Guest Post: Alison Verplaetse on the Summer Educational Institute for Visual Resources and Image ManagementPosted: July 26, 2013
Alison Verplaetse took part in the most recent Summer Educational Institute on June 18-21, 2013. Find out more about this program at http://sei.vrafoundation.org/index.html
The Summer Educational Institute (SEI) is an excellent learning and networking opportunity for anyone currently involved or interested in a career in image management. As a fairly recently degreed librarian, I found SEI incredibly valuable: it not only taught immediately applicable skills, but also provided me with insight into future avenues of the profession. I would recommend SEI to anyone considering pursuing a career in Visual Resources as it provided a perfect opportunity to gain a broad perspective on what people are accomplishing in this area of librarianship.
SEI provided a unique opportunity to learn about the core aspects of image management –namely, metadata, imaging, copyright, and outreach–from top experts in their respective fields. I am incredibly grateful to have been a participant at SEI, and I feel I gained knowledge and professional connections that will benefit me throughout my career. Here is a quick run-down of the workshop sessions and speakers:
Our first afternoon at the institute included a lecture on Intellectual Property Rights given by the University of Michigan’s Associate General Counsel Jack Bernard. Mr. Bernard’s presentation was thoroughly engaging and informative, providing compelling copyright case studies that illustrated the essential tenets of copyright law in an accessible and useful way for library professionals.
The second day of SEI was the Metadata Intensive part of the workshop. The first session began with a Metadata Overview by Jenn Riley, the Head of the Carolina Digital Library and Archives at The University of North Carolina at Chapel Hill Library. We discussed the most popular metadata schema currently used by cultural institutions and participated in completing sample metadata records in VRACore. In the afternoon’s session, Greg Reser, the Metadata Specialist at University of California, San Diego, introduced the group to the concept and application of embedded metadata for image professionals.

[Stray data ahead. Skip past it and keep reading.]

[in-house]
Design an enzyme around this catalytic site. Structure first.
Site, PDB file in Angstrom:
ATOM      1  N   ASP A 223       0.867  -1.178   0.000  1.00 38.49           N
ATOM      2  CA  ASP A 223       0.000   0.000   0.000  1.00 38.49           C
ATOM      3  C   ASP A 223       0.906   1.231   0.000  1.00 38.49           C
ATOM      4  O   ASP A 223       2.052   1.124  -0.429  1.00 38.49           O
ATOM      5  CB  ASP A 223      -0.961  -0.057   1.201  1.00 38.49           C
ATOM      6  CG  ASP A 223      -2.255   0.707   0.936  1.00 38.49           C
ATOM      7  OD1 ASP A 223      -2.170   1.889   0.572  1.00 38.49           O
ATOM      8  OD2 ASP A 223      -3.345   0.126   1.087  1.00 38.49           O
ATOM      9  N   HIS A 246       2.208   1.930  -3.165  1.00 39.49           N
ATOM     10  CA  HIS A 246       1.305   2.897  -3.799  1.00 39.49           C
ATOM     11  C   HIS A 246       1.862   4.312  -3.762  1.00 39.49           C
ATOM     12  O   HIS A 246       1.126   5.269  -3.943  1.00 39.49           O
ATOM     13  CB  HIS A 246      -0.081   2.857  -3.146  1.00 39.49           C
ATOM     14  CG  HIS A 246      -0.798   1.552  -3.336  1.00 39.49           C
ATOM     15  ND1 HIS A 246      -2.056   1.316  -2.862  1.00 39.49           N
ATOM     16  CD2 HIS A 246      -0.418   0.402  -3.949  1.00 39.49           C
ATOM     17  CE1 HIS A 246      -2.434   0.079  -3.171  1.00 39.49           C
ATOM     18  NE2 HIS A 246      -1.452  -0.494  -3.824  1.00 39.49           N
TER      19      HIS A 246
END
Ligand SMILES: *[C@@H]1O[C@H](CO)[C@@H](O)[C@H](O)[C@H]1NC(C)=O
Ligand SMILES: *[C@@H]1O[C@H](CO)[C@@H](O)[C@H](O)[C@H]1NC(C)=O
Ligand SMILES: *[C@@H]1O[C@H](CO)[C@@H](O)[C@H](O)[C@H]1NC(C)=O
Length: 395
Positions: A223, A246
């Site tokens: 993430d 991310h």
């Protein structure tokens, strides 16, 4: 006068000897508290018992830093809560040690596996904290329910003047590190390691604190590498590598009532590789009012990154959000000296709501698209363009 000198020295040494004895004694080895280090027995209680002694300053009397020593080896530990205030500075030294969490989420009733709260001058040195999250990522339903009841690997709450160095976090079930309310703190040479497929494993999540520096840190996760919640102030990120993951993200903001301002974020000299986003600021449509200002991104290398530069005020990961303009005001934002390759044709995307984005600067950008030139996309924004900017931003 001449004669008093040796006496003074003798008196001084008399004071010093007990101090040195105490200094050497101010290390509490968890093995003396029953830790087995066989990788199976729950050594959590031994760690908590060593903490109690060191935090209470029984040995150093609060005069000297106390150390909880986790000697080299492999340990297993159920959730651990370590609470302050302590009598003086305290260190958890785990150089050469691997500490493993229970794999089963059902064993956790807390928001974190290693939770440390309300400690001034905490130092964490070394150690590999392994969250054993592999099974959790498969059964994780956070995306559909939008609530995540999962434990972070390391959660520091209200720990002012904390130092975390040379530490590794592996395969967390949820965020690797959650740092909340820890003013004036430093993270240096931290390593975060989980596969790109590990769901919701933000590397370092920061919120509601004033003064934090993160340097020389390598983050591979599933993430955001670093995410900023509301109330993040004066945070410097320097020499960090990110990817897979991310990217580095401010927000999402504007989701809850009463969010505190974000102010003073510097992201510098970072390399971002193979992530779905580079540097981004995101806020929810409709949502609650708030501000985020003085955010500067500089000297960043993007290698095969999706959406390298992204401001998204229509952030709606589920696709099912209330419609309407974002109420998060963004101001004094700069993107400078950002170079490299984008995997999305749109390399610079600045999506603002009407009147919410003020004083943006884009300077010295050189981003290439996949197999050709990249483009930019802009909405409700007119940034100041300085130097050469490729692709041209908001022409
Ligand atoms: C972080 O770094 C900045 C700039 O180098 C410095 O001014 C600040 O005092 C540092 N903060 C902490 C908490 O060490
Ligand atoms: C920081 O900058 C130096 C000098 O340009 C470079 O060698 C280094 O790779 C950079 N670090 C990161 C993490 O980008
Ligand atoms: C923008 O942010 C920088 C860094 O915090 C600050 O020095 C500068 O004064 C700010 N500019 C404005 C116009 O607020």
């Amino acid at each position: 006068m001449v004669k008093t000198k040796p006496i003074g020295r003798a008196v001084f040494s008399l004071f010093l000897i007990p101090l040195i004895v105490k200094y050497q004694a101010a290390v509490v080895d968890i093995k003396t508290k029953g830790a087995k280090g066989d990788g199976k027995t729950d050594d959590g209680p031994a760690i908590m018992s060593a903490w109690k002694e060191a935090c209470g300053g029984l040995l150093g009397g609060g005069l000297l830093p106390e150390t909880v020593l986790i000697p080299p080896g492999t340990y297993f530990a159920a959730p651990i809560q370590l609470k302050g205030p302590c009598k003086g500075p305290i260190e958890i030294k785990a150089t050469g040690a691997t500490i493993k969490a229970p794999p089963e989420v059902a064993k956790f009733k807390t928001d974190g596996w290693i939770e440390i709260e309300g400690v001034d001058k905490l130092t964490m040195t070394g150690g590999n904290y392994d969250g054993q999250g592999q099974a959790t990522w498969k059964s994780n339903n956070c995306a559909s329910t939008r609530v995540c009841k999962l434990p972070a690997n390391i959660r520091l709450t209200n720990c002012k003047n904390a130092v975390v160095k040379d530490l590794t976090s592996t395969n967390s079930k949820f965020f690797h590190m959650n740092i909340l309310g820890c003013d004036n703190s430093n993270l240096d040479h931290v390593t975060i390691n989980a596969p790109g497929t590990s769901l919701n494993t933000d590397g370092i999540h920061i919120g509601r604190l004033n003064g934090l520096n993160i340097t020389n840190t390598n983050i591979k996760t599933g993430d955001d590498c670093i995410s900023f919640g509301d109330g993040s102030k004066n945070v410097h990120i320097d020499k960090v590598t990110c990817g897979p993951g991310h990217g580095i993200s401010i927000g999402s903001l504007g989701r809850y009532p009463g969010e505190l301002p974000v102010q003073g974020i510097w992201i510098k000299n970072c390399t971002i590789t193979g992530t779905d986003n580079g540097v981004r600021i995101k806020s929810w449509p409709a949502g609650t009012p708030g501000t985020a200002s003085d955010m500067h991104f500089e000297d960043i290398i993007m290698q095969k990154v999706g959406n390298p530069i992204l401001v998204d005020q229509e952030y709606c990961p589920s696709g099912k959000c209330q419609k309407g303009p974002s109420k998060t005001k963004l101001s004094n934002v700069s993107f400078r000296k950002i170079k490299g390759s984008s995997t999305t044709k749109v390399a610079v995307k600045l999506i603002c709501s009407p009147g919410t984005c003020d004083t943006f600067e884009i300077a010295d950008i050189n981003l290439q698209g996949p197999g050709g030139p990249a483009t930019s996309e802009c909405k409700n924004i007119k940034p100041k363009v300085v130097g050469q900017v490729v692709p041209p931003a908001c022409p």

The third day at SEI was an Imaging Intensive taught by Alex Nichols, the Academic Technology Coordinator at the Visual Resources Library at Michigan State University. His sessions spelled out the best practices and standards for digital imaging in terms of equipment, image quality, and workflow. In conjunction with the late afternoon session regarding the “Tools of the Trade,” in the Visual Resources field, this day introduced me to a number of relevant and useful applications for managing digital images.
The final day of the conference was organized in an “unconference” style, allowing us to interact and hear the ideas of our colleagues regarding collaboration, project management, keeping current in the field, and several other areas of visual resources management. In a similar vein, the afternoon’s session, entitled “Expanding Your Role,” presented us with great ideas for reaching out to the community, both the people we serve in our profession and other professionals.
Whew! A lot happened in a just a few days at SEI. The best part, though, was getting to know my fellow participants. I met an excellent group of like-minded individuals whom I look forward to working with again in the future, and I was able to bring back a wealth of knowledge germane to both my current and aspirational professional endeavors.